So, with the discussions of geekdom that have been posted lately, I’ve been thinking about geekdom. Geekiness is generally thought of as a personality type, perhaps even a personality disorder, but after the comment from “tangent” a few days ago, I’ve been rethinking the whole concept of geekiness.
Tangent’s comment was that geeks typically are not satisfied to “experience” something, they have to dive as deeply into it as they possibly can in order to get satisfaction. His example was beer, a typical person drinks beer, a geek who likes beer will inevitably analyze beers, compare beer types, and eventually brew their own beer.
So this made me think about my own interests, and upon reflection I think Tangent was right. When I got interested in fishing, it was not long (a few months perhaps) before I was learning to fly fish and tying my own flies. I was researching fish behavior and mapping out the topology of local lakes. I was comparing and contrasting boats, fishing rods, reels, line and lures.
When I got interested in astronomy it wasn’t long before I was researching telescope design and designing and building my own telescopes. I learned enough about lens design that I could calculate achromatic lens shapes and determine the optimum focal plane for different light frequencies. I learned about lens coatings and how spherical lens designs had inherent flaws and why a particular telescope was worth $3,000 while one that looked virtually the same might be worth $300. I researched eyepiece designs and mirror coatings. I researched astrophotography and automated mounts. Amateur astronomy turned out to be a veritable smorgasbord of fine details that kept me fascinated for years before I finally felt like I had plumbed the depths of the hobby.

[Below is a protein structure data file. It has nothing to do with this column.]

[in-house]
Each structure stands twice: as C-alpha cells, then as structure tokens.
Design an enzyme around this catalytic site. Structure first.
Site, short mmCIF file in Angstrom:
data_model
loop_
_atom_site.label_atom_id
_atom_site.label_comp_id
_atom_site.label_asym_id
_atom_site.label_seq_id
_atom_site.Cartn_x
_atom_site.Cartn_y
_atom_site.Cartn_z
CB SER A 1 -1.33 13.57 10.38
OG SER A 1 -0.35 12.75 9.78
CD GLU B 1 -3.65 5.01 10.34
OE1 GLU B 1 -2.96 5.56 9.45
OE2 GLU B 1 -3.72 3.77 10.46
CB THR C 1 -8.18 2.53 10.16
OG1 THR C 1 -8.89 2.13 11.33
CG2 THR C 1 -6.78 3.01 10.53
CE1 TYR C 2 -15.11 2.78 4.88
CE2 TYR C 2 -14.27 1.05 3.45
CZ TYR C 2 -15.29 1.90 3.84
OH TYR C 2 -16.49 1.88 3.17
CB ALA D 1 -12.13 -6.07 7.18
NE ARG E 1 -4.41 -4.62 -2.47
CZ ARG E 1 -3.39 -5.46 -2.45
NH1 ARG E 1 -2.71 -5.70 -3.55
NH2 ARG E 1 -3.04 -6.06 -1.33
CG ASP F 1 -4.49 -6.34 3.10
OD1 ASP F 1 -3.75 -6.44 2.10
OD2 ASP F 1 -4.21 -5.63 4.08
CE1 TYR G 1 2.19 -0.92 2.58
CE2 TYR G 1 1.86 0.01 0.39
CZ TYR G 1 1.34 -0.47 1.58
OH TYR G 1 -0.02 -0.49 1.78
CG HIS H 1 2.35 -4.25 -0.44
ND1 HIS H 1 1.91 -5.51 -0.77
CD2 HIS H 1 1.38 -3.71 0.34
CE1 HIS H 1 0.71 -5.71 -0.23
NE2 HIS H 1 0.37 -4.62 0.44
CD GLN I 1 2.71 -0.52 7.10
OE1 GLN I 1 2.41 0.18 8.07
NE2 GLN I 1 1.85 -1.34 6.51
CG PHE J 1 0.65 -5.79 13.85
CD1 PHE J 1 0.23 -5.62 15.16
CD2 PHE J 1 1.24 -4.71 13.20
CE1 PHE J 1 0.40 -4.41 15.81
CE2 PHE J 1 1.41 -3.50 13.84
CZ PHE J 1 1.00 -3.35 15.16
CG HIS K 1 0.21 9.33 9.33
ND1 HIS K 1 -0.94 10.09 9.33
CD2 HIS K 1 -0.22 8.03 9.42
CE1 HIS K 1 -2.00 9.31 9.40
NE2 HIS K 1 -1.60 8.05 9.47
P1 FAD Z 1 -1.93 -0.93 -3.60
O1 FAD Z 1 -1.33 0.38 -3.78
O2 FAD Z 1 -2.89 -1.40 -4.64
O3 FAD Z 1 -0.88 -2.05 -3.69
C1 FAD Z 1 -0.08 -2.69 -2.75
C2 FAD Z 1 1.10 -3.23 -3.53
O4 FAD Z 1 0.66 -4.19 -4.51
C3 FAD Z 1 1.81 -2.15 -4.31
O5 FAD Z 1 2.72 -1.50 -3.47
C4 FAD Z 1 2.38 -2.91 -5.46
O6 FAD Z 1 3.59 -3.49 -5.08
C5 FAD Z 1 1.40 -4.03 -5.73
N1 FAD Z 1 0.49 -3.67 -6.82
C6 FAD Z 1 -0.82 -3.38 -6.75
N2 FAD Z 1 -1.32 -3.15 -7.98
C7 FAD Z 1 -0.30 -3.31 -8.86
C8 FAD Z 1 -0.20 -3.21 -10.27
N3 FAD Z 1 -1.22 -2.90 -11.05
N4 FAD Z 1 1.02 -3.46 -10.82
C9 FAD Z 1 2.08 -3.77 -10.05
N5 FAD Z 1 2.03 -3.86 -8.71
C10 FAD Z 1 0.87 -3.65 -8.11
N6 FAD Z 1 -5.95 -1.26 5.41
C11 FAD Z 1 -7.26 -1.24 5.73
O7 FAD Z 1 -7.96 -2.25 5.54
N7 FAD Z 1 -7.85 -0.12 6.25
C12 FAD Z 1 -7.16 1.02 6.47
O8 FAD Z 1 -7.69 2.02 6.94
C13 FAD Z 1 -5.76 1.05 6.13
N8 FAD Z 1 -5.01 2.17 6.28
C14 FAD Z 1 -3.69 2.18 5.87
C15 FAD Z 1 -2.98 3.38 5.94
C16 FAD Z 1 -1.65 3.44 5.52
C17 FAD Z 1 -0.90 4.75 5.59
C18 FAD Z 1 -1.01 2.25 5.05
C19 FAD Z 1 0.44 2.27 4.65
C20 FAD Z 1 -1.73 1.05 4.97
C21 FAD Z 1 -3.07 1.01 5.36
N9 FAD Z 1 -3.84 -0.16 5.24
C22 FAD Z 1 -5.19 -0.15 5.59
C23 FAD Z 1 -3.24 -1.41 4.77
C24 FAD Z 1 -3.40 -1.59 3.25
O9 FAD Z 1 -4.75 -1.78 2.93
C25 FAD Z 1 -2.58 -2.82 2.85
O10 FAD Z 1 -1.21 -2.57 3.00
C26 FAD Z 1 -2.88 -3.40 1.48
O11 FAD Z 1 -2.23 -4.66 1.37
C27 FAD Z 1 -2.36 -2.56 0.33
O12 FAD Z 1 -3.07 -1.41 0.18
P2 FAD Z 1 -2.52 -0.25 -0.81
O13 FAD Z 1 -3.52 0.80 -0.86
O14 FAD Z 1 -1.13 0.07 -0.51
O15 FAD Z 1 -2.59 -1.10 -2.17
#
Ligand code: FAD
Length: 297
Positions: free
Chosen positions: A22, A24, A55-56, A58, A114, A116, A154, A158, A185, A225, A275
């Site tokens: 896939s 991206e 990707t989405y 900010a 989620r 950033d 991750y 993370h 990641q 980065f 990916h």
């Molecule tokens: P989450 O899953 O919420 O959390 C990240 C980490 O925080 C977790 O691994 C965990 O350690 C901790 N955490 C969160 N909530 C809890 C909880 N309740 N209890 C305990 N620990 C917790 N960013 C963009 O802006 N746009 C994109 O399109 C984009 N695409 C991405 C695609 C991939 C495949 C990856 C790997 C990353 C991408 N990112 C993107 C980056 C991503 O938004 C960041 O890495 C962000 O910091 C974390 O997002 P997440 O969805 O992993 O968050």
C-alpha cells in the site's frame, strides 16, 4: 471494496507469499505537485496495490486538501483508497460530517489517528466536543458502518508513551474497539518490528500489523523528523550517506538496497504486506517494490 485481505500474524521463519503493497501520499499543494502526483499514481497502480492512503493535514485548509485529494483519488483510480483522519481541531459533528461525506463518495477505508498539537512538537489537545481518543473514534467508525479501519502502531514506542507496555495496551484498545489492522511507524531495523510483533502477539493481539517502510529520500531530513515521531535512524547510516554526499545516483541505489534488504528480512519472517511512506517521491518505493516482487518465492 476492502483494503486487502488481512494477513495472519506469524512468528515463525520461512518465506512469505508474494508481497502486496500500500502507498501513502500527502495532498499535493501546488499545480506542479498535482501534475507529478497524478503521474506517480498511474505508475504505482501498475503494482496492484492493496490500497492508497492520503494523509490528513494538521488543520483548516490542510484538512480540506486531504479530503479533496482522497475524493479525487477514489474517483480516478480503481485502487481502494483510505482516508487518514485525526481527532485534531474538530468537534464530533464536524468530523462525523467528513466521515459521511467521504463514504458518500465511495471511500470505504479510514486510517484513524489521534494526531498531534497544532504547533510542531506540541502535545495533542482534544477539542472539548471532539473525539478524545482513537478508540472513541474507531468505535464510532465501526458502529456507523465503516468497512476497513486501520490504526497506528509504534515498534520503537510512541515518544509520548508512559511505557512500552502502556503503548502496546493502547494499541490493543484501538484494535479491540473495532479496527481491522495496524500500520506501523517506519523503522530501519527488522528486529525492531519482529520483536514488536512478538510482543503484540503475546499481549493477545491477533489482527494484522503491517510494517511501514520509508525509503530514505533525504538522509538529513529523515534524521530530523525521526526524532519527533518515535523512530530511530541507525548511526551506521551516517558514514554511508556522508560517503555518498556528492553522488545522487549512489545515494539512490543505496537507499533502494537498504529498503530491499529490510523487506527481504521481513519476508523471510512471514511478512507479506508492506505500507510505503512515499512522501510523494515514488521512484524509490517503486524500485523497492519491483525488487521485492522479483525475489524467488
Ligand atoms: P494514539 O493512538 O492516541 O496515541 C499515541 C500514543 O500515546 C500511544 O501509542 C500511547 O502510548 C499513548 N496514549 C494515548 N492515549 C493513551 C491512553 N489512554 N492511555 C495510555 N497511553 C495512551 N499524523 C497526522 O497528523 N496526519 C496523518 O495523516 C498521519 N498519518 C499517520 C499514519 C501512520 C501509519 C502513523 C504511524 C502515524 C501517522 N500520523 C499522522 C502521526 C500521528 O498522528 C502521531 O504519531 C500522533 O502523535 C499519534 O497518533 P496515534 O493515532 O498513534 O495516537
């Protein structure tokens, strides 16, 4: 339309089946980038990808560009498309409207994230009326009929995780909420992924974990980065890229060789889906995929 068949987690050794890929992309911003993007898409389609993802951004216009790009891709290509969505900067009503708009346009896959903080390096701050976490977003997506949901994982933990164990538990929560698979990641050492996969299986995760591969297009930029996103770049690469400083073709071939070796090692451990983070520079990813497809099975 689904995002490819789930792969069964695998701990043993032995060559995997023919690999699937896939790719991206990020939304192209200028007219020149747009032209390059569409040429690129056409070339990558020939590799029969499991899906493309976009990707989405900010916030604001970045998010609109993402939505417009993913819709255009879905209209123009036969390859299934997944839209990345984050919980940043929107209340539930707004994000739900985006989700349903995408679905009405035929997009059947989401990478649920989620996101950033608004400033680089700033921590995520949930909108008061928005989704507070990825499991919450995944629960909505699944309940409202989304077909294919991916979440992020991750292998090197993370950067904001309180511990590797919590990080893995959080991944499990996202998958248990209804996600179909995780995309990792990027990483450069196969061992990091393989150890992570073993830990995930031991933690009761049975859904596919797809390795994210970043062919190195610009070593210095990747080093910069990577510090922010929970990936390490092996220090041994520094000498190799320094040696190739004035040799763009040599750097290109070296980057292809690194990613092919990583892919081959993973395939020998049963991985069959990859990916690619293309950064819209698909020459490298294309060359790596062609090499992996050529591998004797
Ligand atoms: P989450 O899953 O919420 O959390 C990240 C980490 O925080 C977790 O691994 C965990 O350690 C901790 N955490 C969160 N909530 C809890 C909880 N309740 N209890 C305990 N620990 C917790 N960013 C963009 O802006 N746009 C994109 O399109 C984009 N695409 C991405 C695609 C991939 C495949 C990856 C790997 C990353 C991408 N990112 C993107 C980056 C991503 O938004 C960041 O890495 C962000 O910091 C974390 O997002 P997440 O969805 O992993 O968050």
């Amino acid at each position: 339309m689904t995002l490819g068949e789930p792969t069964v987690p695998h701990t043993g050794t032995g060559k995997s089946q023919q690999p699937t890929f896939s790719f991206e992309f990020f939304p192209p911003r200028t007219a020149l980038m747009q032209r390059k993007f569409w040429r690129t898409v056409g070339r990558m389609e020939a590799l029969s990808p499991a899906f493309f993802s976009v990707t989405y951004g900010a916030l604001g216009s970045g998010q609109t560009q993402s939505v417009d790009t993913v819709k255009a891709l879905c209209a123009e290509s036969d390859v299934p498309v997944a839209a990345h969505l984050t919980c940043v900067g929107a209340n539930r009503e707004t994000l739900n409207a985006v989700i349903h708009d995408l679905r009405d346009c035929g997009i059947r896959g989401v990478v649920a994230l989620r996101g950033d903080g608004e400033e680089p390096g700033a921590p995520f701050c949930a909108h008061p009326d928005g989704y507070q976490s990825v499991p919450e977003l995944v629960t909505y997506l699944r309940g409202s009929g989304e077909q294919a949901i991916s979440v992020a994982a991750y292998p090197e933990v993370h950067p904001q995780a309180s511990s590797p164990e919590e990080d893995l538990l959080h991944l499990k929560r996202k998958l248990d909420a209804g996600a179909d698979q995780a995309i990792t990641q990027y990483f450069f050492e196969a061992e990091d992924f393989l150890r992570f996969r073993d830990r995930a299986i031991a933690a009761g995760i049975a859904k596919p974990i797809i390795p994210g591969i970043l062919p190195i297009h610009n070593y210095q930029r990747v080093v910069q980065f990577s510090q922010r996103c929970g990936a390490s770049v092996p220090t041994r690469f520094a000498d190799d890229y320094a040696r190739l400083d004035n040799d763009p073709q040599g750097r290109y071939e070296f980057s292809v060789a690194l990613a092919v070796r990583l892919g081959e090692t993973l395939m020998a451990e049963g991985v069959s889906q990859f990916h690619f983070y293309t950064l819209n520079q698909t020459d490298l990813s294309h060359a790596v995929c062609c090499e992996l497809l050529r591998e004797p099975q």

When I bought my first home computer it wasn’t more than a few weeks before I purchased a programming environment for it and was learning the assembler language needed to program it. Eventually I even got a job programming for that computer (the Macintosh).
Looking back at things I think that this is somewhat profound, although others may say “duh, dude, we’ve always known that.”
Basically I think the enjoyment I get out of a hobby is directly related to the opportunity that hobby has for exploring the fine details of the hobby. The more arcane and difficult, the better. While other people may just grab a beer and jump in a boat, I will spend hours researching the lake, determining the best places to catch fish, and then either tying the proper flies for the endeavor or else purchasing the proper bait or lures to maximize my chances of successfully catching fish. Then I throw them back in the lake because the goal wasn’t to actually CATCH fish, the goal was to solve the PUZZLE of catching fish.
And that’s what I think it boils down to, the solving of puzzles. At least it is for me.
Is this typical geek activity? Or is this well beyond typical geekdom into the uber geek area?